I feel like we’ve hit a bit of a glass ceiling that we need to break through, just as we did a few years ago. The growth of ‘super bloggers’ has undoubtedly rivaled magazines, so it’s no surprise that they’re receiving the same luxurious treatment, opportunities and paid-for campaigns that their journalist counterparts once were. Additionally the growth of the ‘micro blogger’ is well documented, with brands increasingly understanding the value of smaller communities that trust and purchase off the back of their recommendation. But these two industry movements have lead to a change in the way many of us are treated, with huge expectations placed upon us without them really being thought through.
This year I’ve made a conscious effort to take a step back from press days, trips and appointments in favour of actually getting some work done; it’s all very glamorous and fun to be swanning around the streets of the city and insta-storying your cocktails, but it’s also exhausting and doesn’t really add much value to the content you create. So when I do pay the £25.00 it costs for me to get into London (far less than other bloggers, but it soon builds up!) I want it to be worth my time – and increasingly it’s not. Increasingly I leave meetings feeling it would’ve been far easier for them to send the product to me (and I wouldn’t have to lug it up the hill home,) or that the PR is more interested in telling me about their forthcoming holiday than actually running through the product’s benefits.
I’ve had to pay for a PR’s coffee after they’ve got up and left the table without collecting the bill, and don’t even get me started on the ‘battle of the cake’. (You know when you’re starving hungry, but they can’t even bring themselves to buy you a slice of cake in return for all the content they want you to create – for free.) I don’t ask for much, just a smidge of respect (and to be fair sometimes a slice of cake.) I know the value a feature on my channels can bring, so I just ask to be treated and compensated fairly – and so should you, no matter your job or life choices.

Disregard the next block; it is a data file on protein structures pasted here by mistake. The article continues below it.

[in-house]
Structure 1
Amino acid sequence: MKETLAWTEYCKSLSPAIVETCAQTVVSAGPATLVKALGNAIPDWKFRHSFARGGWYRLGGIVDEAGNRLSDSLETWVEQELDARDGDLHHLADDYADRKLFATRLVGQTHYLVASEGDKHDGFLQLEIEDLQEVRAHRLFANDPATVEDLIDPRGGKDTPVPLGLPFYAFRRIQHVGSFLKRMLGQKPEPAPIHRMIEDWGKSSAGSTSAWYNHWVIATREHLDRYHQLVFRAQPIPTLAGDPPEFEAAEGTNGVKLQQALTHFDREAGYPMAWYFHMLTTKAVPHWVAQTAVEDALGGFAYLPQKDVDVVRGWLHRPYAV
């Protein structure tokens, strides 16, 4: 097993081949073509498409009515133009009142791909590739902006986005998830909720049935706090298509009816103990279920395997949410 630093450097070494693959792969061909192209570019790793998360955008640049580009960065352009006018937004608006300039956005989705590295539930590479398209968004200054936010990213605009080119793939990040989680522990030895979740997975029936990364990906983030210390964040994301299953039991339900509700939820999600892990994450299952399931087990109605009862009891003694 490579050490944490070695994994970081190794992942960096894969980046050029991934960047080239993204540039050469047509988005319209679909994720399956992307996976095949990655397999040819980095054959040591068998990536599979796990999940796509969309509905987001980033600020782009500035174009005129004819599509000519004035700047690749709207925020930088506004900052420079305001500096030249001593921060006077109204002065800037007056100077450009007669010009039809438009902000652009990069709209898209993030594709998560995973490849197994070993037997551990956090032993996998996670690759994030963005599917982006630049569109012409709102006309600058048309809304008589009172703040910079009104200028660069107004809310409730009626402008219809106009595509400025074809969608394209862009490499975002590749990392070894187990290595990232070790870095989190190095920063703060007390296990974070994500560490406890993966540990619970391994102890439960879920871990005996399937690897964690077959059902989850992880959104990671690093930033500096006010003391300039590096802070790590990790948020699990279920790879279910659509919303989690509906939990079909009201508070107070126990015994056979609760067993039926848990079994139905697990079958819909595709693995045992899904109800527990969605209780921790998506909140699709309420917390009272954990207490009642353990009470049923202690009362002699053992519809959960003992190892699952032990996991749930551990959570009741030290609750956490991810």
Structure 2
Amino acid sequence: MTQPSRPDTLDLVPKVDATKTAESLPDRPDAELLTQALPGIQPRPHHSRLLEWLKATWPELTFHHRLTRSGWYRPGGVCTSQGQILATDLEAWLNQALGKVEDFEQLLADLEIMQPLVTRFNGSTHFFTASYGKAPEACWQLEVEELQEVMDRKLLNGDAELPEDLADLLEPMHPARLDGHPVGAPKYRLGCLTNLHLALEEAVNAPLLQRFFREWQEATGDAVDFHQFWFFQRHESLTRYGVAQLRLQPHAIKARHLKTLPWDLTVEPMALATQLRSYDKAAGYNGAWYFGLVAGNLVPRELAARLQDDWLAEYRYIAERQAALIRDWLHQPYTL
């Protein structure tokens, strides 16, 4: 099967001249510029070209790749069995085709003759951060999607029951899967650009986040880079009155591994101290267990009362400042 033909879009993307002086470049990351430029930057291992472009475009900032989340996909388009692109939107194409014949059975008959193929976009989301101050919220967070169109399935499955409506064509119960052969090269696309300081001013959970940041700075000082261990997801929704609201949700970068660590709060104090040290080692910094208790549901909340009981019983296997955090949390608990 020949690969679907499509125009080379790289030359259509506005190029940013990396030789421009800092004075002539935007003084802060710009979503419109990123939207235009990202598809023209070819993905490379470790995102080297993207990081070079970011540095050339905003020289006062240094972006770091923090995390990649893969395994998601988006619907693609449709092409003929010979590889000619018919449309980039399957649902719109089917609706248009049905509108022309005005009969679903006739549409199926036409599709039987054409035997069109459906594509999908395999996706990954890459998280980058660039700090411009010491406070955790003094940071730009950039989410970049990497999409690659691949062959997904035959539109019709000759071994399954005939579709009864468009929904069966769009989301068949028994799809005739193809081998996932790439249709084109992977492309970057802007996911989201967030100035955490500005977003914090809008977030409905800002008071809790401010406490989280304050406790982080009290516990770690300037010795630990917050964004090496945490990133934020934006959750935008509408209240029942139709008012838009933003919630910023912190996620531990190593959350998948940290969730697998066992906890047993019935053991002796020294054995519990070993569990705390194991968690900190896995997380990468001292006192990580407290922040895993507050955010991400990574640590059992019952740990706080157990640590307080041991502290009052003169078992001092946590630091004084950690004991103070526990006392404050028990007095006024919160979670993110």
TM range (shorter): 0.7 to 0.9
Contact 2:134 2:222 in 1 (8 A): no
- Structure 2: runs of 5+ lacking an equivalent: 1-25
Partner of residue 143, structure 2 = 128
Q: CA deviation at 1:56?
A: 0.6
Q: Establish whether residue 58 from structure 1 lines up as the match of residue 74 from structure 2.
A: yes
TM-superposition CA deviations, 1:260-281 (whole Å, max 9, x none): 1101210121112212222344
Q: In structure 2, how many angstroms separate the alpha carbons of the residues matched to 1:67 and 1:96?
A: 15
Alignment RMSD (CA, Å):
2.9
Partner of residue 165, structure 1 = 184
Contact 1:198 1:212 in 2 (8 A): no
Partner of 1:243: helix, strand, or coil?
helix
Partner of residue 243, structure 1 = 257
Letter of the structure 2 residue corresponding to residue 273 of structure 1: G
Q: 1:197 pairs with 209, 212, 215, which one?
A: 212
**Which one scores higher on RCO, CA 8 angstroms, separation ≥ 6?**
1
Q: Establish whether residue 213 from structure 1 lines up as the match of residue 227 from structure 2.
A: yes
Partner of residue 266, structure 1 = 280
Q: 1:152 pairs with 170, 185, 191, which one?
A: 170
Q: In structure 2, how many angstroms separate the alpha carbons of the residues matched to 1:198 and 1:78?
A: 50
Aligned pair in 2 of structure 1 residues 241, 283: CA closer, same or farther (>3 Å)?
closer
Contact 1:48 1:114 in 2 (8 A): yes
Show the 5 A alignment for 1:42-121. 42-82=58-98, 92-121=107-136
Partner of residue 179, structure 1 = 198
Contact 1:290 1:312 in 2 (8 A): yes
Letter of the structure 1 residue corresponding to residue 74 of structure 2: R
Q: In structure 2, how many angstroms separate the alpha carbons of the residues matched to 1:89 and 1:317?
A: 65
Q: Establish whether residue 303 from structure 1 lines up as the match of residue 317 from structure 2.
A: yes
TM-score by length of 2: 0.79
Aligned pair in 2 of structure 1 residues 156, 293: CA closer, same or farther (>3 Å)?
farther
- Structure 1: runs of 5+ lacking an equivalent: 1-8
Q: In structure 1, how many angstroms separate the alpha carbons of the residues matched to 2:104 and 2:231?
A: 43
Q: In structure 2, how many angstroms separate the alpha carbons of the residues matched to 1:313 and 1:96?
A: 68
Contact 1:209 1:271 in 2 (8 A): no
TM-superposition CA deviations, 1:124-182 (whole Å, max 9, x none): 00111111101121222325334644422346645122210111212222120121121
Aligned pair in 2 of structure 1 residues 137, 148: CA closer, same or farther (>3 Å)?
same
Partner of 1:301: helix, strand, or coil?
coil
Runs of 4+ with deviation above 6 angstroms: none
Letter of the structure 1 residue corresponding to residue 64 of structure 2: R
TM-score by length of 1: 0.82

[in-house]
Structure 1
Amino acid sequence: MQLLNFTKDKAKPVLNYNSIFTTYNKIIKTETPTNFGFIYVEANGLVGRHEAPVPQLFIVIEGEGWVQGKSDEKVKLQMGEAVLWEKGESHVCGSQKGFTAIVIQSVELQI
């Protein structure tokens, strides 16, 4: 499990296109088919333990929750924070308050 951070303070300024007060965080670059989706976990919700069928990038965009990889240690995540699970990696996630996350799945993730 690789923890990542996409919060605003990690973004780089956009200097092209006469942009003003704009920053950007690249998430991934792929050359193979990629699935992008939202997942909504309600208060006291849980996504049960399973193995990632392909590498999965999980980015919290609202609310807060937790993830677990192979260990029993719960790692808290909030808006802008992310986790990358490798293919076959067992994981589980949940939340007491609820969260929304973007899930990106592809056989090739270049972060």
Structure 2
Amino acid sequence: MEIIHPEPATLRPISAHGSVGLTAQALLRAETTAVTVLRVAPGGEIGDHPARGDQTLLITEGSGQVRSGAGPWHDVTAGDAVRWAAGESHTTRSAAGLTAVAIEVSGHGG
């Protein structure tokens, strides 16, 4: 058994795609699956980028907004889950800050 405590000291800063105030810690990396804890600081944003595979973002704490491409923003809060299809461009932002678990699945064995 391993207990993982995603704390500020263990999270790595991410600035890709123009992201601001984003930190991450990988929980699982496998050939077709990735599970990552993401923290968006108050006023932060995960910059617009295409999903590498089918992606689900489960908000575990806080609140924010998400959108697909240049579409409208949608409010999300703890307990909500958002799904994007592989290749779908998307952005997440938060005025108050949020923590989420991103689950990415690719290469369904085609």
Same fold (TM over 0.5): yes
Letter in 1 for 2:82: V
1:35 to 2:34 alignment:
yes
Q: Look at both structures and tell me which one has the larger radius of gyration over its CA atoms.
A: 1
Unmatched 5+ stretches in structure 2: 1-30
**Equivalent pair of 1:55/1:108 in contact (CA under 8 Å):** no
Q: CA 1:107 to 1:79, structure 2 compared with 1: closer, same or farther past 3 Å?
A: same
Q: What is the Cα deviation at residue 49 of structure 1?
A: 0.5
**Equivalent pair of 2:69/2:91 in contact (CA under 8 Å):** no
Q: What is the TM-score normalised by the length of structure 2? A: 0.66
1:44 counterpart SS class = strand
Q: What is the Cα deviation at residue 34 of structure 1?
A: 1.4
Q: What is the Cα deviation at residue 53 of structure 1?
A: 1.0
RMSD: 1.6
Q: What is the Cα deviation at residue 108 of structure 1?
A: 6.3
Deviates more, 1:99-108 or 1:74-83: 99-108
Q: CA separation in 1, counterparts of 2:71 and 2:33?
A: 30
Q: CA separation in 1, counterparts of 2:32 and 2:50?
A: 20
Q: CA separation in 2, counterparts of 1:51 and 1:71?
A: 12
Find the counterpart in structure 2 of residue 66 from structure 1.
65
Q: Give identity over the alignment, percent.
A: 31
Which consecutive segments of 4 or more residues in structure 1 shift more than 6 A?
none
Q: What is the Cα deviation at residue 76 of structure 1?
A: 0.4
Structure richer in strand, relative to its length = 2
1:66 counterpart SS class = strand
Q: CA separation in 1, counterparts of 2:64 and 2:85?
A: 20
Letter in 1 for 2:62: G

As a society we’re often too easily persuaded to do something we don’t want to, or find ourselves agreeing to something we really feel uncomfortable with; we don’t want to rock the boat or to be seen as ‘difficult’, instead finding ourselves being walked all over and wondering how we got into this pickle in the first place. We’re easily embarrassed or feel awkward sticking up for ourselves, whether it’s saying no or questioning a decision that’s been made, but sometimes that’s how we all grow. That’s how we all get better and we start working (and living) more efficiently and effectively.
I’m confident in my abilities, the value I offer and the experience I bring to the table – and I’m not afraid to stand up for myself as a result. But I’m only one person and it’s easy to be labeled as the ‘annoying one’ instead of being listened to. We definitely all need to start questioning and asking for more, in every area of our lives. Although this has been a bit of a ramble I feel like taking the time out to list your qualities and value will reaffirm and motivate you, no matter whether you’re working a 9-5, starting a creative business, looking for your next venture or just enjoying discovering what your next step is. Understanding your worth is the first step towards happiness and success, I promise you.
Oh, and giving Sarah Knight‘s books a little read won’t hurt either… She’s my spirit animal.